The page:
“Tiresia” plays like “The Collector” meets — well, not much, actually. In his third feature, after “Organic” (1998) and “The Pornographer” (2001), Bertrand Bonello goes off the aesthetic deep end in a tale about an enigmatic Frenchman who abducts and sequesters a lovely Brazilian transsexual, since he is convinced that beauty made by man’s tinkering with God’s raw materials is superior to God’s own work. The pic is a contempo transposition of the Greek myth in which a mortal experiences life as male then female and is blinded by a goddess but compensated with the gift of second sight. The storyline sounds OK when confined to ancient mythology, but “Tiresia” flies too close to the sun of symbolism, burns its feathers and crashes to Planet Auteur with a thud. More icky than Icarus and with a pace more meditative than a room full of monks, this cinematic curiosity would probably have fared better in a Cannes fest sidebar than in competition.
Terranova (Laurent Lucas) drives through the woods that bracket Paris where transsexual prostitutes — many of them impossibly gorgeous — ply their murky trade to motorists. Tiresia (debuting looker Clara Choveaux) accompanies Terranova to his walled-in house in the suburbs where her host locks her in a closet then ties her to the bed and calmly announces that she’ll be living with him from now on.
Tiresia insists that she’s a whore whose raison d’etre is to have sex but Terranova only wants to admire his captive and sleep chastely beside her, with her womanly breasts and unused penis. (Tiresia’s body is shown full-frontal, with taste.)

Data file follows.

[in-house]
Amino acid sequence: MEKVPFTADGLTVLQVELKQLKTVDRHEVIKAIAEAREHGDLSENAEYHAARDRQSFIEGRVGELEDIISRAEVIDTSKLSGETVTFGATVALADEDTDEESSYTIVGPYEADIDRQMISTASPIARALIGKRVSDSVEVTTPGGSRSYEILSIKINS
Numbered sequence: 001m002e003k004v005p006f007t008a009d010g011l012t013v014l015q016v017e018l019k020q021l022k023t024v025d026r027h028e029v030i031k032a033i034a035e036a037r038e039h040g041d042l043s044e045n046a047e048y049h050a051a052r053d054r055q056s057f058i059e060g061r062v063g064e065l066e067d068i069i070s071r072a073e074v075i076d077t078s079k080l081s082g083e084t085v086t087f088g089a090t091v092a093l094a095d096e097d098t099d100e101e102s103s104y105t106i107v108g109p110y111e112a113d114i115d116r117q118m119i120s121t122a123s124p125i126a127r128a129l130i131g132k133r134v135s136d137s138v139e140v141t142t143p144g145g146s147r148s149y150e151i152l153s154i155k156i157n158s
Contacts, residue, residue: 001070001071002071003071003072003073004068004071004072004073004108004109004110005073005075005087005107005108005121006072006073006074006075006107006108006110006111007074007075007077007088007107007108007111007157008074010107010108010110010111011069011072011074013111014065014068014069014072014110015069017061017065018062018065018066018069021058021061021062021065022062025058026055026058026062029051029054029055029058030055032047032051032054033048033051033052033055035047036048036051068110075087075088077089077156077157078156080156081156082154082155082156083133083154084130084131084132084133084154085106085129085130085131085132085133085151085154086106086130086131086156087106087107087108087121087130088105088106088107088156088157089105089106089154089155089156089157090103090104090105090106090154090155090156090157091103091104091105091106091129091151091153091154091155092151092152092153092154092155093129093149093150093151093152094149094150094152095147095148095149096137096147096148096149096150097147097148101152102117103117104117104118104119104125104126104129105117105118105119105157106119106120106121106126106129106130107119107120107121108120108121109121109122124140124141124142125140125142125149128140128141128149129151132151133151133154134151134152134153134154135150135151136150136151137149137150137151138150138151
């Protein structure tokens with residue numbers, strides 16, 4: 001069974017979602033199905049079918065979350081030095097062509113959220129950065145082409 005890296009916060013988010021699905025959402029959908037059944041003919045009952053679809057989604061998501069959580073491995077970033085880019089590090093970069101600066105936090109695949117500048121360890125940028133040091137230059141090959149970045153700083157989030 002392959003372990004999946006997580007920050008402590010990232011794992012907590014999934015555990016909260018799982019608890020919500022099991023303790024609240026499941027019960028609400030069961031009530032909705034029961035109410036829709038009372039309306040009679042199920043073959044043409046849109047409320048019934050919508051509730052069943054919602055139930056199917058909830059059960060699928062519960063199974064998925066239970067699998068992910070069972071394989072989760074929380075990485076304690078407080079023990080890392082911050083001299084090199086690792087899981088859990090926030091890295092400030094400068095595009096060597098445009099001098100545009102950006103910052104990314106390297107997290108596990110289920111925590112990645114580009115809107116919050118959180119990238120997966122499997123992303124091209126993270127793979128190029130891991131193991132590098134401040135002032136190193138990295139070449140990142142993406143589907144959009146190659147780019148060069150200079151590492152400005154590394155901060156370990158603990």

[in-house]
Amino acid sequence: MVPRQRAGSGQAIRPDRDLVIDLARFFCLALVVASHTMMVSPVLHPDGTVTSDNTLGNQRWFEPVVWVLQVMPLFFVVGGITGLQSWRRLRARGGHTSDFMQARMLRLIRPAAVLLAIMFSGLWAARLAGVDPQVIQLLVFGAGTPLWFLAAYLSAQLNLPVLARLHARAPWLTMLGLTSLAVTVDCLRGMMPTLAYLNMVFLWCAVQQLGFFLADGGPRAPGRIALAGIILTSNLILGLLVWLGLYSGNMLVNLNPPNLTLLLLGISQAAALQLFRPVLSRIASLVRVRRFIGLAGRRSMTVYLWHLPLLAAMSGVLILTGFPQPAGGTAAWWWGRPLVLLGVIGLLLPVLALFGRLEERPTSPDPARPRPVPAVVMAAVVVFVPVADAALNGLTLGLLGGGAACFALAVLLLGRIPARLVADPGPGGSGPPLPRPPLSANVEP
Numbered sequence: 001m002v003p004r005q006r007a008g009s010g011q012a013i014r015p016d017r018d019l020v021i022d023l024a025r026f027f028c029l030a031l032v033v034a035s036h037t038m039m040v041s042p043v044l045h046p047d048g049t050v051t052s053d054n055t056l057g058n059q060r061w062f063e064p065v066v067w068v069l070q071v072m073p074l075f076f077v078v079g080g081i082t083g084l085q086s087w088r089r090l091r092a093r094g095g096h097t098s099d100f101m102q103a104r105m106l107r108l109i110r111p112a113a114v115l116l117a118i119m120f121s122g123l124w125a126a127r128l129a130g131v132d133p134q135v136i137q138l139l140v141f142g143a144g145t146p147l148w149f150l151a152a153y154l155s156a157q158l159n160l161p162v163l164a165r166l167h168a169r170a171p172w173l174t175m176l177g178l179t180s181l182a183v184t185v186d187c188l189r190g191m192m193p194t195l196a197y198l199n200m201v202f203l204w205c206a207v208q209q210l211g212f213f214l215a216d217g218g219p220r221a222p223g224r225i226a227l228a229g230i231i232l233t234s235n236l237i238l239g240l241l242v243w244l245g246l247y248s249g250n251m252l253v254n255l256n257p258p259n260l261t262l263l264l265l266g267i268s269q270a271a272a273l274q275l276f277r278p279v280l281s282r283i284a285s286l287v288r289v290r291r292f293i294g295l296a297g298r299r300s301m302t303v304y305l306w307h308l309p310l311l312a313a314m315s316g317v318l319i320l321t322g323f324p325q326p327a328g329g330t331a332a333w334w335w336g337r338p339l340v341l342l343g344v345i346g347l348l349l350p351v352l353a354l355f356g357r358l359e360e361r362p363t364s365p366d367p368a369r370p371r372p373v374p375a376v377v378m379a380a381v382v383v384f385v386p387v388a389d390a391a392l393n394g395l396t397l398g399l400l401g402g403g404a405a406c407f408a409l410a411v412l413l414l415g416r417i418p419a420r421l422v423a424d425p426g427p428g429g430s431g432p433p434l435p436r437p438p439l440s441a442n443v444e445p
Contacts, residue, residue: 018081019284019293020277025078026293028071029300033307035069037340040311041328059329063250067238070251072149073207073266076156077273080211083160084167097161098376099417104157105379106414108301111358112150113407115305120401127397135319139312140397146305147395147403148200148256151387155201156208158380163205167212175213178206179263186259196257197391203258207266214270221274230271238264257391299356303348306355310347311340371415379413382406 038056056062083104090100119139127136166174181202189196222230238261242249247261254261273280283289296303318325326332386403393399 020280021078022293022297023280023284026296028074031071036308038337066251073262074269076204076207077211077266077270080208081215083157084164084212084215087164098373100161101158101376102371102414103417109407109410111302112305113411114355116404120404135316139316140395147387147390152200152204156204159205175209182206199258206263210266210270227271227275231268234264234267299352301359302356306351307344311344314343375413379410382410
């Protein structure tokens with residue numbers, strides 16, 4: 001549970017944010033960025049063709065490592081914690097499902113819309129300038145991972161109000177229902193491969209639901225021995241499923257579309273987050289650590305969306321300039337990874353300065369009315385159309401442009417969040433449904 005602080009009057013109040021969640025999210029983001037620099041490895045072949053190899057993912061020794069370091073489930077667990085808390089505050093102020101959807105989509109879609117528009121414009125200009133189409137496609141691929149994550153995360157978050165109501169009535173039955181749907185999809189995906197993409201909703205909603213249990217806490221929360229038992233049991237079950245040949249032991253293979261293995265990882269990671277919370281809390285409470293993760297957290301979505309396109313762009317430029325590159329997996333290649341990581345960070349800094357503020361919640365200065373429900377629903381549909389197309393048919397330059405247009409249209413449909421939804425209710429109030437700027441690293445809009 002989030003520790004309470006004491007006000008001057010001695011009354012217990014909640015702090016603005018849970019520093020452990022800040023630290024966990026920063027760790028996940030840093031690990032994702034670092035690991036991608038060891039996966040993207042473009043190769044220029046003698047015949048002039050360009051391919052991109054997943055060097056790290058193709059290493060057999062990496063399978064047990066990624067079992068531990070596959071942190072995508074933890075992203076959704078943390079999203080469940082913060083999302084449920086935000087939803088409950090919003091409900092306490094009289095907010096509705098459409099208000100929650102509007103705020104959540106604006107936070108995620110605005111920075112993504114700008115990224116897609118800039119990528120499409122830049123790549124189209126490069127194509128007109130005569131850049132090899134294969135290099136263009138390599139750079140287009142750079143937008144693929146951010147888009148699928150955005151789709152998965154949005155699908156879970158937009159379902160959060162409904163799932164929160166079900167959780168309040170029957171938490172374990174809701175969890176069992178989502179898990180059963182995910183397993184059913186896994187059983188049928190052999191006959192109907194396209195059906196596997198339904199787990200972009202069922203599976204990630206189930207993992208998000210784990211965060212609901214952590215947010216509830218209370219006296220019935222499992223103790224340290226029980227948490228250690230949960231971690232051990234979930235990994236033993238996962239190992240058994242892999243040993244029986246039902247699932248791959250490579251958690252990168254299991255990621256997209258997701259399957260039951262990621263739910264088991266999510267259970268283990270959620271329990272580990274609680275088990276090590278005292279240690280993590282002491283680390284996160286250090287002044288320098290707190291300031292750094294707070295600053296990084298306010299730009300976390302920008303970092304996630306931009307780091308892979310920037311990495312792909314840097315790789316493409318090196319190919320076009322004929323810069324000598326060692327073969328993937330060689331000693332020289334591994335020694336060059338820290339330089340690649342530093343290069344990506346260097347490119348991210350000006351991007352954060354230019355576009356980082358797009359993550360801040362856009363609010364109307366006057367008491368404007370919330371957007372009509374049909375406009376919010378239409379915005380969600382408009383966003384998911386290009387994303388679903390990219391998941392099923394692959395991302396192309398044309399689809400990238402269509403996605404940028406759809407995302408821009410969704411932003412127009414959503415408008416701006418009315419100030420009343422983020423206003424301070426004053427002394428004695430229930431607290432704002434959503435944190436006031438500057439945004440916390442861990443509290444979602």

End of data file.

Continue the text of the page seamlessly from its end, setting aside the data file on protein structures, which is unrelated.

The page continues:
Without her hormone injections, Tiresia’s masculine characteristics reassert themselves. Reluctant to release Tiresia — who can identify him and whose cronies will seek revenge — Terranova viciously pokes her eyes out and dumps her in a field.
A mute 17-year-old girl with an angelic face (Celia Catalifo) lugs Tiresia back to her place where she nurses him/her back to health. Tiresia (now played by Thiago Teles) reverts to his male morphology and starts uttering involuntary oracle-like predictions, all of which prove to be accurate.
As people come from far and wide to hear what the young, blind, Brazilian-accented prophet has to say, parish priest Father Francois (also played by Lucas) finds Tiresia’s gifts clash with the Church.
The film is well cast and Bonello has rendered the story as well as anyone could. Although Bonello unquestionably has an artistic vision, the narrative registers as excruciatingly random rather than profound. Helmer pays special attention to lighting and nature interludes but never achieves a tone that’s truly mystical or numinous. Venture remains minimalist and aloof despite off-kilter emphasis on destiny at odds with applied religious faith.
Source music, while majestic, sounds here as if it’s being turned on and off like a faucet at the Hotel Godard.